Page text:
The number one reason why beneficiaries and administrators take the ill-advised step of attempting probate on their own is fear over the cost of retaining a probate attorney (despite the fact that in many cases, a good probate attorney will subsidize their own cost by knowing where and when to avoid taxes and fees).
What most people don't know, however, is this: the amount that probate lawyers cost is set forth by the California Probate Code (§§ 10810, 10811). That's right - your attorney does not set their retainer fee for probate services, the state of California does.
What's more, probate attorneys are not paid up-front. In all cases in California, probate attorneys collect their fees as a percentage of the estate once the distribution stage is reached. This means that at no time do you have to pay out-of-pocket for a probate attorney to help you settle the affairs of the deceased. If more people knew this, a lot of headaches involving probate court would be avoided altogether!
Here's what the statutory fee table looks like to hire a probate attorney in California. Remember, these percentages are taken only after final distribution begins to occur!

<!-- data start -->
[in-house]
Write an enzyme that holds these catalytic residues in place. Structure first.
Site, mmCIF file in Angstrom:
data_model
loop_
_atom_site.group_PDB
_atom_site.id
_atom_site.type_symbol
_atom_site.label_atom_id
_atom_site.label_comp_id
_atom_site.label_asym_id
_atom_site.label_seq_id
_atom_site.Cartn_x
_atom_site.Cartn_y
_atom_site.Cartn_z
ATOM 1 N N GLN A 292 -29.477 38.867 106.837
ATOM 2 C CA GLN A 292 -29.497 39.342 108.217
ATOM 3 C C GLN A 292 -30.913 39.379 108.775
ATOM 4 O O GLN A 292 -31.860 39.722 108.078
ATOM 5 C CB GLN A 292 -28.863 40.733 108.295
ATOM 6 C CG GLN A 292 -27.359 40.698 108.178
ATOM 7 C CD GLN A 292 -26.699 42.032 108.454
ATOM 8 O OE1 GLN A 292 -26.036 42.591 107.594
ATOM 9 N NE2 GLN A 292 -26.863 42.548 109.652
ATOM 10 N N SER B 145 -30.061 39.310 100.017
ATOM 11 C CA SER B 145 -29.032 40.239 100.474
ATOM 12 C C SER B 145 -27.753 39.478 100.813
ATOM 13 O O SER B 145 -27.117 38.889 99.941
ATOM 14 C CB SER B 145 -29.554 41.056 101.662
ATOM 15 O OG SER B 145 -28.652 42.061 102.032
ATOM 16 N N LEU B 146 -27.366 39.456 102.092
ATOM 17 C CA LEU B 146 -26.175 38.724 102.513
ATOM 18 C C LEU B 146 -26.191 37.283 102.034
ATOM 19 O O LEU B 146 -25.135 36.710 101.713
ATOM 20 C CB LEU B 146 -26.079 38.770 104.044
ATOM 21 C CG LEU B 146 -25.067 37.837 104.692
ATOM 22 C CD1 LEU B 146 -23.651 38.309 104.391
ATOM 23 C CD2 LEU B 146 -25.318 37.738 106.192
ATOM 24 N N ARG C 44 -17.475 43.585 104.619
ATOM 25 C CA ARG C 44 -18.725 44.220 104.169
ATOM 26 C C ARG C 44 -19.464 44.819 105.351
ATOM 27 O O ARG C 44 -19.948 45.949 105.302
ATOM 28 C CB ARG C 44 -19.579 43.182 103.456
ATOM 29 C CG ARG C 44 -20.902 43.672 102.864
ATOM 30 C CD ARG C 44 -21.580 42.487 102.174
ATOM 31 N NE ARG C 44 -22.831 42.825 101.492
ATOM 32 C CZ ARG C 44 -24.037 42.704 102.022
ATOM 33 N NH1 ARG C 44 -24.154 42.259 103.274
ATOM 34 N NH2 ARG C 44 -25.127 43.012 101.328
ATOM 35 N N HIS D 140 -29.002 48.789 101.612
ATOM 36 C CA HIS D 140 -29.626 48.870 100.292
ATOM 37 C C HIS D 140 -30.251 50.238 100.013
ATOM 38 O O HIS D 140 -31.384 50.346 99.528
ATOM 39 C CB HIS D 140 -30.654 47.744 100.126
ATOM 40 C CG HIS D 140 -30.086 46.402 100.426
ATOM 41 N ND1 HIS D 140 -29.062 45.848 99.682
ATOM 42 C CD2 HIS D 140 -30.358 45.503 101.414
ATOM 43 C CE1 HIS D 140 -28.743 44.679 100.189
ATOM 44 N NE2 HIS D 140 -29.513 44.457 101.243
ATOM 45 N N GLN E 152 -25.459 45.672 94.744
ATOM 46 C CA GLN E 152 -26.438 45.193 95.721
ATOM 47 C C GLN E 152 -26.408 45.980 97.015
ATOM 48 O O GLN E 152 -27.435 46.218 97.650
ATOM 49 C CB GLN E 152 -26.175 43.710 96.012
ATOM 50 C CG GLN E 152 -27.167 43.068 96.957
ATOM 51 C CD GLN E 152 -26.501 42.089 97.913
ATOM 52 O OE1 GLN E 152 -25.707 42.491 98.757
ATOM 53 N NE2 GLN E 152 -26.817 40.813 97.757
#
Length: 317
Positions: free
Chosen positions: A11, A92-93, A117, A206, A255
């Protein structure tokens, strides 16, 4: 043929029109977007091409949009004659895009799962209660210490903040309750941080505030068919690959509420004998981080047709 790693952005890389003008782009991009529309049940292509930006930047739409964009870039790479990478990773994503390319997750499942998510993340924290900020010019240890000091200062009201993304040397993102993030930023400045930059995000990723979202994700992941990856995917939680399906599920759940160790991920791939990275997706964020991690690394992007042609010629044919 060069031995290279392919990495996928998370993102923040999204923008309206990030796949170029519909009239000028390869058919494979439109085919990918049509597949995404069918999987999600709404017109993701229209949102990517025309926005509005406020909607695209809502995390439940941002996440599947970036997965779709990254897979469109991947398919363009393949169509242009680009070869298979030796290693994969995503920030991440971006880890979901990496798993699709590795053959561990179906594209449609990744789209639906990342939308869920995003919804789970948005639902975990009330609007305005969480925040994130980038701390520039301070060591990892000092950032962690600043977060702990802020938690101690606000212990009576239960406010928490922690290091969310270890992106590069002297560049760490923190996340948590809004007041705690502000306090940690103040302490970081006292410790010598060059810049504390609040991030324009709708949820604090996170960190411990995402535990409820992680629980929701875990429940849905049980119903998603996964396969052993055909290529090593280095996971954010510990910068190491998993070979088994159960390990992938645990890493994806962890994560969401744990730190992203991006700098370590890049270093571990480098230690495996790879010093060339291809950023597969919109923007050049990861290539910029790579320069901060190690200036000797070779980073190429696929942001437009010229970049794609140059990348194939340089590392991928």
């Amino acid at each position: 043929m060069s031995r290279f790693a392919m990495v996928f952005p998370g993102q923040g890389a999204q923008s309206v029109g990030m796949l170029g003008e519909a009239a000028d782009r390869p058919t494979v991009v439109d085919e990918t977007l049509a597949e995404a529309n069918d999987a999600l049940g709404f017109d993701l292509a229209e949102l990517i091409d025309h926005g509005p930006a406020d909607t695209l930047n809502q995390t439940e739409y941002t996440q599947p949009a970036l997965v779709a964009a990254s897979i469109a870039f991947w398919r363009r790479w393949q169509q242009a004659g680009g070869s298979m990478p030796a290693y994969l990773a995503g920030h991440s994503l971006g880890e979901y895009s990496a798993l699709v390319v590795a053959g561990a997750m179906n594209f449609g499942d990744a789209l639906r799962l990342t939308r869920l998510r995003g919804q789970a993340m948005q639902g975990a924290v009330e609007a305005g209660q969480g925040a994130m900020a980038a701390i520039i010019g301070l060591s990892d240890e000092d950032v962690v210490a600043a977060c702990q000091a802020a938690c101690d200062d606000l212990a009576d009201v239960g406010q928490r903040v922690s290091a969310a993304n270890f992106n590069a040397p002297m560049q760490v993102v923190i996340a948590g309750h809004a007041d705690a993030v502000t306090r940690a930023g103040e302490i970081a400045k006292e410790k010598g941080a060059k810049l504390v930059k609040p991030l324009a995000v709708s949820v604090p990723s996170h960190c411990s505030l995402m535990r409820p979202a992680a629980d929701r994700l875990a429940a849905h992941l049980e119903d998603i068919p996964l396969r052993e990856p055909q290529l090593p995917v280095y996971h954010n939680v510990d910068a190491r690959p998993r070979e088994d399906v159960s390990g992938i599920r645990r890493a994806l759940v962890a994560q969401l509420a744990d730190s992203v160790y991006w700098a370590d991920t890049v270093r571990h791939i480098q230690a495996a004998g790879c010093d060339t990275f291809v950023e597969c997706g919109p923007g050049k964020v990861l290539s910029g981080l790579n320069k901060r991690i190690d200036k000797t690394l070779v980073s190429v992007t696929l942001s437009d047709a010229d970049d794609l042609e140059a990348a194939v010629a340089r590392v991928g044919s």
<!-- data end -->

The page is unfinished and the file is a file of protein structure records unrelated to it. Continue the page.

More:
-- Michael Avanesian Note: Attorney advertising. Nothing posted on this blog is intended, nor should be construed, as legal advice. Blog postings and hosted comments are available for general educational purposes only and should not be used to assess a specific legal situation. Nor does any comment on a blog post create an attorney-client relationship. The presence of hyperlinks to other third-party websites does not imply that the firm endorses those websites, their contents, or the activities or views of their owners.